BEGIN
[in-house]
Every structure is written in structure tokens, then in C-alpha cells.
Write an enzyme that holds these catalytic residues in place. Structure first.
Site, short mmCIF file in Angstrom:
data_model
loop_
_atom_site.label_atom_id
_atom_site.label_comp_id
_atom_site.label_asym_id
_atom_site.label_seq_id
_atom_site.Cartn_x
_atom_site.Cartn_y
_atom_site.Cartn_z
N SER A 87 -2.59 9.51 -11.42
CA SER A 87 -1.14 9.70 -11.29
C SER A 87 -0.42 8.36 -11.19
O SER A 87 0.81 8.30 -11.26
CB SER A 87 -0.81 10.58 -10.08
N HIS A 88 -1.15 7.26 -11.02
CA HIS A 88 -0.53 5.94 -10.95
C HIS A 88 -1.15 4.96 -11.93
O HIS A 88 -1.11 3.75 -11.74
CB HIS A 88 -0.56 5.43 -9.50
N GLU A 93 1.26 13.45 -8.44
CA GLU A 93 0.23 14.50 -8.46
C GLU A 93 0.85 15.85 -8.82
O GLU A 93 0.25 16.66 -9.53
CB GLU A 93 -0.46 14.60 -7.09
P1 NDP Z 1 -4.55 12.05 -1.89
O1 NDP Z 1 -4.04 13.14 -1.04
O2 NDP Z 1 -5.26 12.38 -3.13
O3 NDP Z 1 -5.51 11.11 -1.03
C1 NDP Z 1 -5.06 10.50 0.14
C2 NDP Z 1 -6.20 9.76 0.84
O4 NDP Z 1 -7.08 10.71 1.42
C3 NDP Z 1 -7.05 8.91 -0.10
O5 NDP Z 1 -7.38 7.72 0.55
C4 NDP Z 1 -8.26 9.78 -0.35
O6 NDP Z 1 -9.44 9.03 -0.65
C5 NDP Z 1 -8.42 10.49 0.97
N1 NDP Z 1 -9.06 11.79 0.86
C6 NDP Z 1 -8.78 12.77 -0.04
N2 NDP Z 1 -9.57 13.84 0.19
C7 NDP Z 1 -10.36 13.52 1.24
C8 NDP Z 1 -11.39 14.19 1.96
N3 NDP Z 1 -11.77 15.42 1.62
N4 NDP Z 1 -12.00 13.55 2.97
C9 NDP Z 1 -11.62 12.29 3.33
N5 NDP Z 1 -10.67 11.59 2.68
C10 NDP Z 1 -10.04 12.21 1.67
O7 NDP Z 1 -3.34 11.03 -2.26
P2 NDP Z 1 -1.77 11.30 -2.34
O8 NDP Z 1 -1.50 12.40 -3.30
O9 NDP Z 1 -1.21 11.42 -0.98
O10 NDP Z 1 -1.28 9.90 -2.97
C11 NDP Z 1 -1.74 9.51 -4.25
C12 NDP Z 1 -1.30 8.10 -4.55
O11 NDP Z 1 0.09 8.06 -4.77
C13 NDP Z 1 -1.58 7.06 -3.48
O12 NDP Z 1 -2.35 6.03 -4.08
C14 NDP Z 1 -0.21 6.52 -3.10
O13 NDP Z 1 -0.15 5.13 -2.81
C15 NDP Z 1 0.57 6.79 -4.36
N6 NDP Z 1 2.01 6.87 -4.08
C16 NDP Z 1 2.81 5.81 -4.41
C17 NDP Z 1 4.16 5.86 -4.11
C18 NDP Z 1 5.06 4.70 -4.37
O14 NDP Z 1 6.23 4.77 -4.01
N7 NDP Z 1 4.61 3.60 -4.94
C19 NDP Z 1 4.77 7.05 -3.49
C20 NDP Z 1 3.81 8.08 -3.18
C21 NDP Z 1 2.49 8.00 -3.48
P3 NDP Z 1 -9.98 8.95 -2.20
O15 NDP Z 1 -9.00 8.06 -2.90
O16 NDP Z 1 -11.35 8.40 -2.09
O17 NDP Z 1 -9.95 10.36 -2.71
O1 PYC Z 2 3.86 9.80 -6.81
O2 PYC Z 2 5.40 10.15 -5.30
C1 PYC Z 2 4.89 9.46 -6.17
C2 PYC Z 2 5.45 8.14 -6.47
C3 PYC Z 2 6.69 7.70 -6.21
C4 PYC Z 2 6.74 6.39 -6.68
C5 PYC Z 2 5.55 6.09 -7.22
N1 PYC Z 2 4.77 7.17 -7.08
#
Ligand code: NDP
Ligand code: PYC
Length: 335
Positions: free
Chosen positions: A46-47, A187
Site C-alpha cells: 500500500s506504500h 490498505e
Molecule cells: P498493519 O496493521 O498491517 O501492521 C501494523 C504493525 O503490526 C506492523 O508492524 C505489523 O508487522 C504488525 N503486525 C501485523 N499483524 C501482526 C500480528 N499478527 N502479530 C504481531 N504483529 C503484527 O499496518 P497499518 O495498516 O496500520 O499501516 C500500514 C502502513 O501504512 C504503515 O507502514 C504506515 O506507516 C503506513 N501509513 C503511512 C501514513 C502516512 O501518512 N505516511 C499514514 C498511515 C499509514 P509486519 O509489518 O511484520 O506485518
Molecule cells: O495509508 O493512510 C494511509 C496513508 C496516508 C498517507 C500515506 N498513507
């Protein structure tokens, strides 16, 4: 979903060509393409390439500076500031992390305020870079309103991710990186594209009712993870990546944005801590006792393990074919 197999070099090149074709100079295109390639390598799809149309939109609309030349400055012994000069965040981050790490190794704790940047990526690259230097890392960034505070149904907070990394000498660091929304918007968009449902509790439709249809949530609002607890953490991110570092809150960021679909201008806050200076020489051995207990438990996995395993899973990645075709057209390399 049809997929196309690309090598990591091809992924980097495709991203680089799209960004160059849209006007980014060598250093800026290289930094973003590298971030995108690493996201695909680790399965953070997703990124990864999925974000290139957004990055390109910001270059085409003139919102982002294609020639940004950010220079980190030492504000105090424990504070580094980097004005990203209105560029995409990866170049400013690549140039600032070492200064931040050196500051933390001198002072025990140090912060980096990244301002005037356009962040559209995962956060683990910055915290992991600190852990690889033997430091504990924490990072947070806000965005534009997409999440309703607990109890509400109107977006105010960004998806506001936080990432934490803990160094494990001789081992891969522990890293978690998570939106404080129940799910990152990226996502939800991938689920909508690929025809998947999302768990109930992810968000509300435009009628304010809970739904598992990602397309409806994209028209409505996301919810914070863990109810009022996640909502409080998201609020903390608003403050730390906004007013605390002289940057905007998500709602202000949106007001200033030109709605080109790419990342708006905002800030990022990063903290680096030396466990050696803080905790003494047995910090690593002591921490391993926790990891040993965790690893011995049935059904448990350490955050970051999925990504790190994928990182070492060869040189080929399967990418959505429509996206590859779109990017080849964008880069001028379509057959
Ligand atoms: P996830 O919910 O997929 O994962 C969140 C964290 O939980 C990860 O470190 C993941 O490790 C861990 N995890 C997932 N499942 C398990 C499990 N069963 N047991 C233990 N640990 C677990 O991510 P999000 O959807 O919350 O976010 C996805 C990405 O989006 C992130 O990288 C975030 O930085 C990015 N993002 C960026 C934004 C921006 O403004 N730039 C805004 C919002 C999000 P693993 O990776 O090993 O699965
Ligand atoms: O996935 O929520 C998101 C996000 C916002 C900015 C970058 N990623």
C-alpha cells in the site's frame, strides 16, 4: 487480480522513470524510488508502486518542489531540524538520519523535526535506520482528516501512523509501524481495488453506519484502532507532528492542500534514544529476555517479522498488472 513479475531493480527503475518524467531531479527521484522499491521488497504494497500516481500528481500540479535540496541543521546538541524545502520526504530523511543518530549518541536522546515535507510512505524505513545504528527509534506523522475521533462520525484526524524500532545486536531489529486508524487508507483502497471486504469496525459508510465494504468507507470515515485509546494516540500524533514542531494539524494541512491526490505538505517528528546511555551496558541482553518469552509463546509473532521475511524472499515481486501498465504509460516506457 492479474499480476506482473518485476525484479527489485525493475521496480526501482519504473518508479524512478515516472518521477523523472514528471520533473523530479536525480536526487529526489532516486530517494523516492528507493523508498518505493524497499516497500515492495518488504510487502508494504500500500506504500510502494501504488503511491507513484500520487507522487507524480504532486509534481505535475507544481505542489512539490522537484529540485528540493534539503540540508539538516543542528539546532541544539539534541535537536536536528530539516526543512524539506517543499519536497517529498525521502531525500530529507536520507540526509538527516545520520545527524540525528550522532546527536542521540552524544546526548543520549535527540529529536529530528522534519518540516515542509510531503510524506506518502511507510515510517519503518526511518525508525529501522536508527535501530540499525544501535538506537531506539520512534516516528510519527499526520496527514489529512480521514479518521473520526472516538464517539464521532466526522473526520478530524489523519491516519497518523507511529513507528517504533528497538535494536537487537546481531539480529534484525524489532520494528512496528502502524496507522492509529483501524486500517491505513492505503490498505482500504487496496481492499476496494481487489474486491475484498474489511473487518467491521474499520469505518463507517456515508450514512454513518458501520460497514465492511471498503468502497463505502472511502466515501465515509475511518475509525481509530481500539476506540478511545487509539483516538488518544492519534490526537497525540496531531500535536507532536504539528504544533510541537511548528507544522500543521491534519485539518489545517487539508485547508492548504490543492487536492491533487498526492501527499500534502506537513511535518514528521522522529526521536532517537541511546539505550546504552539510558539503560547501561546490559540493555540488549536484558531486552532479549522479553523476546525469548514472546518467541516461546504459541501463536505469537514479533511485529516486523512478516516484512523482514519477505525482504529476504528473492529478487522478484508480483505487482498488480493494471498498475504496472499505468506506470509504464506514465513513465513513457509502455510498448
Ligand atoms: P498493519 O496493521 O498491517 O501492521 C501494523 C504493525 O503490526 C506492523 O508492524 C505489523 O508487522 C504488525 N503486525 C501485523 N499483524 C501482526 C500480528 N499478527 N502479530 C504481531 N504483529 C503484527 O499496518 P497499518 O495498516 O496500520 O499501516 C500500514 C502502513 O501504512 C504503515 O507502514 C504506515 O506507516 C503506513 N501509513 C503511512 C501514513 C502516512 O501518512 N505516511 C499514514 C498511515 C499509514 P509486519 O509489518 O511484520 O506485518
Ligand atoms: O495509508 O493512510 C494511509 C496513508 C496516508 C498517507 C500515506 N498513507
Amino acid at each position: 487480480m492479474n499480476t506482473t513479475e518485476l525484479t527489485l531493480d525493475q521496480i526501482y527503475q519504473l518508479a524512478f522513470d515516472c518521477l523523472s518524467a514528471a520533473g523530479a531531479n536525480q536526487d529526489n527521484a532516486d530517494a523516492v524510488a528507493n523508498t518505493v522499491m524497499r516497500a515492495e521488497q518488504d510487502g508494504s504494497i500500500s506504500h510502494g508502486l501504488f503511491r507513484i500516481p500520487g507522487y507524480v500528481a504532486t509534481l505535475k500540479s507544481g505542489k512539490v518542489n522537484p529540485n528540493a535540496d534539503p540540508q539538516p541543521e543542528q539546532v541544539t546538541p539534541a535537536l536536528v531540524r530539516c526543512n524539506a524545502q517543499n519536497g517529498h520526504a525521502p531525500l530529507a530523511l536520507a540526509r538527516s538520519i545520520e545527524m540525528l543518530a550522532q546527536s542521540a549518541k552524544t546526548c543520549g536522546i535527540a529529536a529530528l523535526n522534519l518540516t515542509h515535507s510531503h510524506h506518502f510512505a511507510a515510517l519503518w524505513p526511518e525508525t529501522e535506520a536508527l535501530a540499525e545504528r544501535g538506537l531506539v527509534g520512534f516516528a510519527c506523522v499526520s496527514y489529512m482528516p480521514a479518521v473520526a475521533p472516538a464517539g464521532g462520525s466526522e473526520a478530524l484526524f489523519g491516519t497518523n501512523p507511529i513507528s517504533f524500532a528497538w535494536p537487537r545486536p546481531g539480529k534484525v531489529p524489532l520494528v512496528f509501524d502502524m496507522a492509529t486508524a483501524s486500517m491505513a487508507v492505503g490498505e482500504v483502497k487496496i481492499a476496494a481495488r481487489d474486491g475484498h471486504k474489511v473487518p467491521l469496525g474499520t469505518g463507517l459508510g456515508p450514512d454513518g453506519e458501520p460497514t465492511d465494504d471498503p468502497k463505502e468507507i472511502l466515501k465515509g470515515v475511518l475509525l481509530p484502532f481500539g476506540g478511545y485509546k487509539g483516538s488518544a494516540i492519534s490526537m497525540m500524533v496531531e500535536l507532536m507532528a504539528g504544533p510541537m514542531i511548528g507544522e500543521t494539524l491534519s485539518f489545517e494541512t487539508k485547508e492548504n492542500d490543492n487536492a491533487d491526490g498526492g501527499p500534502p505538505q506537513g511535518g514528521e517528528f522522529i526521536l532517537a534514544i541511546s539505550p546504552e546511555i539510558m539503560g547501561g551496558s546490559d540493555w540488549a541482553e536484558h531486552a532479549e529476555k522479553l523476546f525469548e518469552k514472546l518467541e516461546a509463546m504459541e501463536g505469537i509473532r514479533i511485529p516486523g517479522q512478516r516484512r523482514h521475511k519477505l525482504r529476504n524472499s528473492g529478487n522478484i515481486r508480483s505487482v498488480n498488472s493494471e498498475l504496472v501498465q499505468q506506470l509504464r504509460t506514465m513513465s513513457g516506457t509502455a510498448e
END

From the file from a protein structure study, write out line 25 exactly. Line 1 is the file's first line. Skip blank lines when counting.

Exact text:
CA GLU A 93 0.23 14.50 -8.46